VOLUNTAS MILITUM

VOLUNTAS MILITUM. COMMUNITY, COLLECTIVE ACTION, AND POPULAR POWER IN THE ARMIES OF THE MIDDLE REPUBLIC (300-100 BCE) (Libro en papel)

Editorial:
PRENSAS DE LA UNIVERSIDAD DE ZARAGOZA
Año de edición:
Materia
Historia Antigua
ISBN:
978-84-1340-638-1
Páginas:
346
Encuadernación:
Rústica con solapa
-5%
28,00 €
26,60 €
IVA incluido
Disponible en 2-3 semanas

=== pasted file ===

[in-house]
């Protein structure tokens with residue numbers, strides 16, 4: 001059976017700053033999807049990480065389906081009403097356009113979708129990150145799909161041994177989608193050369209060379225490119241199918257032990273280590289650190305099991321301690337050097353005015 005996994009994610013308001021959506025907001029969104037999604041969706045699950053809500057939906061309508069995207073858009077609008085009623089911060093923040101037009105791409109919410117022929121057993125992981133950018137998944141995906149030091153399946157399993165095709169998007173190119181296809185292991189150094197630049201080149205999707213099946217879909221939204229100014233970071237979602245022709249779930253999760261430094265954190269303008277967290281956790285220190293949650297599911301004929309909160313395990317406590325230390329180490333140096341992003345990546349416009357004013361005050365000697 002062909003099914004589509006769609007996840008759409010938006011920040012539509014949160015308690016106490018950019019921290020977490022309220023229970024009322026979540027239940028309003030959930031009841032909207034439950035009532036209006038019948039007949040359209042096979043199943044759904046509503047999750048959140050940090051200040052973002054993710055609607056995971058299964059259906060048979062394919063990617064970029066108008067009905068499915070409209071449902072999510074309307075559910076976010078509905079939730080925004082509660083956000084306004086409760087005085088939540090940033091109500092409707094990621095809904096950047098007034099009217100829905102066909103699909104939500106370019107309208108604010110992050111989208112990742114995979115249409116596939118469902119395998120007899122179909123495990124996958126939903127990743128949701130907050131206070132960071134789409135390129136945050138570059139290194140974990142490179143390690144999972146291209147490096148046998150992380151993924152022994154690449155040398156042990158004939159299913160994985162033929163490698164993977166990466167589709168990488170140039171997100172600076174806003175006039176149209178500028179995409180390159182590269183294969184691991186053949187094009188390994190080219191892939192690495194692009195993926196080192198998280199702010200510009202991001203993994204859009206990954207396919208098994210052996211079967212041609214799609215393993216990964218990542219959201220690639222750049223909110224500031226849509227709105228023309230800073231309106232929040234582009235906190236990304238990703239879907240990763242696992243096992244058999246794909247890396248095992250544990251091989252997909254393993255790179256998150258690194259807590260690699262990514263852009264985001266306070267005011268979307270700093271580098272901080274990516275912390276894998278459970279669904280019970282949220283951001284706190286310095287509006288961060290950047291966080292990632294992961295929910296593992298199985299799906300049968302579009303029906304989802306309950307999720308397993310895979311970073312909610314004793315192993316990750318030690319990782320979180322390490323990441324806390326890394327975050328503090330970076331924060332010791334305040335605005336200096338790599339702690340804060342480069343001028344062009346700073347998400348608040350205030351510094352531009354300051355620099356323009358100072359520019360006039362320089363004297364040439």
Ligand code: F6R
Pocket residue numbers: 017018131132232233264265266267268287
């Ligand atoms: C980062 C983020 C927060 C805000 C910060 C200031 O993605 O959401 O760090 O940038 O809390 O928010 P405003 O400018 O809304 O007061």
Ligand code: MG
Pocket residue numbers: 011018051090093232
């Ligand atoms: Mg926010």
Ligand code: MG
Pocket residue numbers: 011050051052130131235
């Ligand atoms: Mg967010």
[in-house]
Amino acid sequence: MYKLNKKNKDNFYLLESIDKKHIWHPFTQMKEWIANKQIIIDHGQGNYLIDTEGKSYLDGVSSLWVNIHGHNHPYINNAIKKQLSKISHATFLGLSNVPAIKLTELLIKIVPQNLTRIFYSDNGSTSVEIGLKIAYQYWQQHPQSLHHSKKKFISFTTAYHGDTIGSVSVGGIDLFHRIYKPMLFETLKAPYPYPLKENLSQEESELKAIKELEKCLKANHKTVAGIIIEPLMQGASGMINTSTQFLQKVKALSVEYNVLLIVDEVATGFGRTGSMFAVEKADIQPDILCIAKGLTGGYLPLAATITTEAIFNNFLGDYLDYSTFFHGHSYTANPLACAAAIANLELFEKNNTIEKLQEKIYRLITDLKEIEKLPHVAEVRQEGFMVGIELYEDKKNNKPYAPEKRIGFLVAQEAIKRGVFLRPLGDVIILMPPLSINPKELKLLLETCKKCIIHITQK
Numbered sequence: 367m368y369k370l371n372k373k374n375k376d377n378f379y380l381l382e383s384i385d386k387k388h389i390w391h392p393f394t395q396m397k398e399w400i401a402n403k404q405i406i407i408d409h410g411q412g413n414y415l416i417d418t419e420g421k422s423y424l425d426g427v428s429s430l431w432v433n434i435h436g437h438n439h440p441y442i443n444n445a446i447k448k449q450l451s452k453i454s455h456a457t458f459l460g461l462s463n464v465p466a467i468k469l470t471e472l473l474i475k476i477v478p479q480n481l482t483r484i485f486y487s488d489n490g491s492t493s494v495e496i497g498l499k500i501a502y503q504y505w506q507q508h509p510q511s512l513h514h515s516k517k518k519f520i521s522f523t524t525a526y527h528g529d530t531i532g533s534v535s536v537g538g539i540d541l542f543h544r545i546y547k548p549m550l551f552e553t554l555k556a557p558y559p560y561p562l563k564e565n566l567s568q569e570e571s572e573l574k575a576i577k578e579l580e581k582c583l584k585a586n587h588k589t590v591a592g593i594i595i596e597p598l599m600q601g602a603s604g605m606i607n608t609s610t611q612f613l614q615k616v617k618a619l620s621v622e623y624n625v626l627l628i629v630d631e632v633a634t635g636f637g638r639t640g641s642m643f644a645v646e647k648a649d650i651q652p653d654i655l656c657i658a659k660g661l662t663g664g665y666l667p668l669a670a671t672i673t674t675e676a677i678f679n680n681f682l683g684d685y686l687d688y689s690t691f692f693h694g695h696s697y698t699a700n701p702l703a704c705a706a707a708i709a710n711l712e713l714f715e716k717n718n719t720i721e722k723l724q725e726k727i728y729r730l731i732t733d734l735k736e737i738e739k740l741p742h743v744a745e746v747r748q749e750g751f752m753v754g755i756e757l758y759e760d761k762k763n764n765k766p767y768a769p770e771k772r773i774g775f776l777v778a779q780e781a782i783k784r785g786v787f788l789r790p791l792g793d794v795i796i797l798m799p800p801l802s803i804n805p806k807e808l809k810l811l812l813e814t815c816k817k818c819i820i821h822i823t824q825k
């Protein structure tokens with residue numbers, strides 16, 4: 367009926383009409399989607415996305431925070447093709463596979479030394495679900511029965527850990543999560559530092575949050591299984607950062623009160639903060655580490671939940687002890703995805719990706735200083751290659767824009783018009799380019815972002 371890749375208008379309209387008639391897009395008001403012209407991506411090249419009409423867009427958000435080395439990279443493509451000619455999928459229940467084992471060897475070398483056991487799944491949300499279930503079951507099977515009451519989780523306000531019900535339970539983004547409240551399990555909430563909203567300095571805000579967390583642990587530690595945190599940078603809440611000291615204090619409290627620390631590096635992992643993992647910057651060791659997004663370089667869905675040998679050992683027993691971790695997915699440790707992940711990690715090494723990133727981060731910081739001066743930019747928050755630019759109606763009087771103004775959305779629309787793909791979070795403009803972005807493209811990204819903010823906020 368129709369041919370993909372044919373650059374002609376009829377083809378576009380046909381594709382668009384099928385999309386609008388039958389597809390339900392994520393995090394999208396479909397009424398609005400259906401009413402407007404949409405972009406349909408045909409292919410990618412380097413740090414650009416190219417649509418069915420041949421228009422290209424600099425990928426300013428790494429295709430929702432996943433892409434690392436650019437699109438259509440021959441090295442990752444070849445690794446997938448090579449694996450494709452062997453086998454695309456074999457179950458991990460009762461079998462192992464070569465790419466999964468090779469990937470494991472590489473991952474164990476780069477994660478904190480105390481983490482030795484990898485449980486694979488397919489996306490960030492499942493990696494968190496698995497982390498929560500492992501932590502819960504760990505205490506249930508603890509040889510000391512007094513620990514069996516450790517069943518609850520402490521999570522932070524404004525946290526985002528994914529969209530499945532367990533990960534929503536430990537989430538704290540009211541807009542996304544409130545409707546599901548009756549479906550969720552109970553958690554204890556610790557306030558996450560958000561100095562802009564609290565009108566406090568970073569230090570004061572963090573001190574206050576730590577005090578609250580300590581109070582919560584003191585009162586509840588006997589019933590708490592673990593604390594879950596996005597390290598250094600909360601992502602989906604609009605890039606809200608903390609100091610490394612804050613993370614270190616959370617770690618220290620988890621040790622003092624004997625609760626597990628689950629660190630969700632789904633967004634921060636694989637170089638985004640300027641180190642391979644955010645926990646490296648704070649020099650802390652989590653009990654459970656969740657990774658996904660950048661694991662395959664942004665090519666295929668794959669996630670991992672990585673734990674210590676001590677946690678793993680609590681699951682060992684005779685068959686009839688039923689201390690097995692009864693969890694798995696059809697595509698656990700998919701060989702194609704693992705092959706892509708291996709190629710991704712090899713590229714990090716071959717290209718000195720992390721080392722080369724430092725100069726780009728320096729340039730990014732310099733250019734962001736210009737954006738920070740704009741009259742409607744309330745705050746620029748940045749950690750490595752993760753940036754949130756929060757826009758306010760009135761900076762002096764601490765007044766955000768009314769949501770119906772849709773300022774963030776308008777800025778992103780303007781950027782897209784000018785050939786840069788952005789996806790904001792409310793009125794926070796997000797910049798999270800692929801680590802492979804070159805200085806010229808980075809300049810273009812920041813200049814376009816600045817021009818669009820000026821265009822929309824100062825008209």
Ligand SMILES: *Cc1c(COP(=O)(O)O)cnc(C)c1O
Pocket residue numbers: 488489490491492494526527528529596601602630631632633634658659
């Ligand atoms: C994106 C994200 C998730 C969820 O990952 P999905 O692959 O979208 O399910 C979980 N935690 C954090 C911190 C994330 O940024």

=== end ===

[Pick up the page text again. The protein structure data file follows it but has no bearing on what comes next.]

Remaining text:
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Scholars, military men, and casual observers alike have devoted significant energy to understanding how the armies of the Roman Middle Republic (300 – 100 BCE) were able to function so effectively, examining their organization, hierarchy, recruitment, tactics, and ideology in close detail. But what about the concerns, interests, and goals of the soldiers who powered it? The present study argues that the military forces of the Middle Republic were not simply cogs in the Roman military machine, but rather dynamic and diverse social units that played a key role in shaping an ever-changing Mediterranean world. Indeed, the soldiers in the armies of this period not only developed connections with one another, but also formed bonds with non-military personnel who traveled with as well as inhabitants of the places where they campaigned. The connections soldiers developed while on campaign gave them significant power and agency as a group. Throughout the third and second centuries BCE, soldiers took collective actions, ranging from mutiny to defection to looting, to ensure that their economic, social, and political interests were advanced and protected. Recognizing the communities that Roman soldiers formed and the power that they exerted not only reframes our understanding of the Middle Republic and its armies, but fundamentally alters how we conceptualize the turbulent years of the Late Republic and the massive social, political, and military changes that followed.

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